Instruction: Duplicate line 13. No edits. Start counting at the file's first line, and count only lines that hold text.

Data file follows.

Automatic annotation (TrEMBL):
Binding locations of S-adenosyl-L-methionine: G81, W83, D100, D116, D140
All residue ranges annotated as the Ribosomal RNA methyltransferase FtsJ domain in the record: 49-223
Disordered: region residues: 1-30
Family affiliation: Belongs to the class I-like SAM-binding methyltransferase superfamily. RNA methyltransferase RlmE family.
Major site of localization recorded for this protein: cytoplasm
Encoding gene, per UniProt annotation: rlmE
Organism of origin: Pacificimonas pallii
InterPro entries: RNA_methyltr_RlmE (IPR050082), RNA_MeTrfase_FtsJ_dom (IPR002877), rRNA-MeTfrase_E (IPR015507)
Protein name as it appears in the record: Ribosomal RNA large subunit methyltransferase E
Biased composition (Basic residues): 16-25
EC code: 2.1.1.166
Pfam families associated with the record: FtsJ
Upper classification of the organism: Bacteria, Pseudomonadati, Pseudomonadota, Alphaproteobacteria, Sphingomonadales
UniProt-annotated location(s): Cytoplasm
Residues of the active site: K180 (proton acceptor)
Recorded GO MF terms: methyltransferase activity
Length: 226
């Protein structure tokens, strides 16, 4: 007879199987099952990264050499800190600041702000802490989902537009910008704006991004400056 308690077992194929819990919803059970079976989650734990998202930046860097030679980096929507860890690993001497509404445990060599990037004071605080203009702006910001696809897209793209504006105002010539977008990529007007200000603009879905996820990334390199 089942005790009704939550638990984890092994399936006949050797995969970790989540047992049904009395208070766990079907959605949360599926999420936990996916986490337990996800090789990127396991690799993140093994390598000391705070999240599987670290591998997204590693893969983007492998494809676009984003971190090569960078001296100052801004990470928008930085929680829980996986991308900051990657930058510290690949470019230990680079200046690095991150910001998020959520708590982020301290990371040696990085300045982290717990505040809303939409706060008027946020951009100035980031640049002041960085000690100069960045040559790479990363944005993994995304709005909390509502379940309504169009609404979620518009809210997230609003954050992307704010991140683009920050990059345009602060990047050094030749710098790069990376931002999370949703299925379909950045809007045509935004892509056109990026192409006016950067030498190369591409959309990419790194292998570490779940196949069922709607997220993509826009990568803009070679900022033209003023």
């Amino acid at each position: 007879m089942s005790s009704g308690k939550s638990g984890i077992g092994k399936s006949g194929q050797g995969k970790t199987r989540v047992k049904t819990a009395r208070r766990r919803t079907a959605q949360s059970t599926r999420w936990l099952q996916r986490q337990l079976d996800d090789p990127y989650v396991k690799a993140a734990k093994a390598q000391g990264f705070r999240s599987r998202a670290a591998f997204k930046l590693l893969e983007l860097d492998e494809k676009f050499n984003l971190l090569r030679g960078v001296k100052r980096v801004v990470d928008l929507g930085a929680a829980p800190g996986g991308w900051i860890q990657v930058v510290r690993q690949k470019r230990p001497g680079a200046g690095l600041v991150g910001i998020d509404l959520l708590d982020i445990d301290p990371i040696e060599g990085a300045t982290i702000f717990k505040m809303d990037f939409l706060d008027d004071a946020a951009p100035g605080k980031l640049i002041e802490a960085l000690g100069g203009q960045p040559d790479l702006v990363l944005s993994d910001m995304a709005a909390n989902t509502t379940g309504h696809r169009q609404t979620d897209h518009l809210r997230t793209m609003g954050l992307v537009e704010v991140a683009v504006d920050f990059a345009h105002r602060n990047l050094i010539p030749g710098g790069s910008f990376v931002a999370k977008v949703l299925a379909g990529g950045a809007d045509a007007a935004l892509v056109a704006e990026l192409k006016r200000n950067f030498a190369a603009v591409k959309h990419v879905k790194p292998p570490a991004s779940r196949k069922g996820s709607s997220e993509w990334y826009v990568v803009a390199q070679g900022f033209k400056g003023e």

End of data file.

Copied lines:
Pfam families associated with the record: FtsJ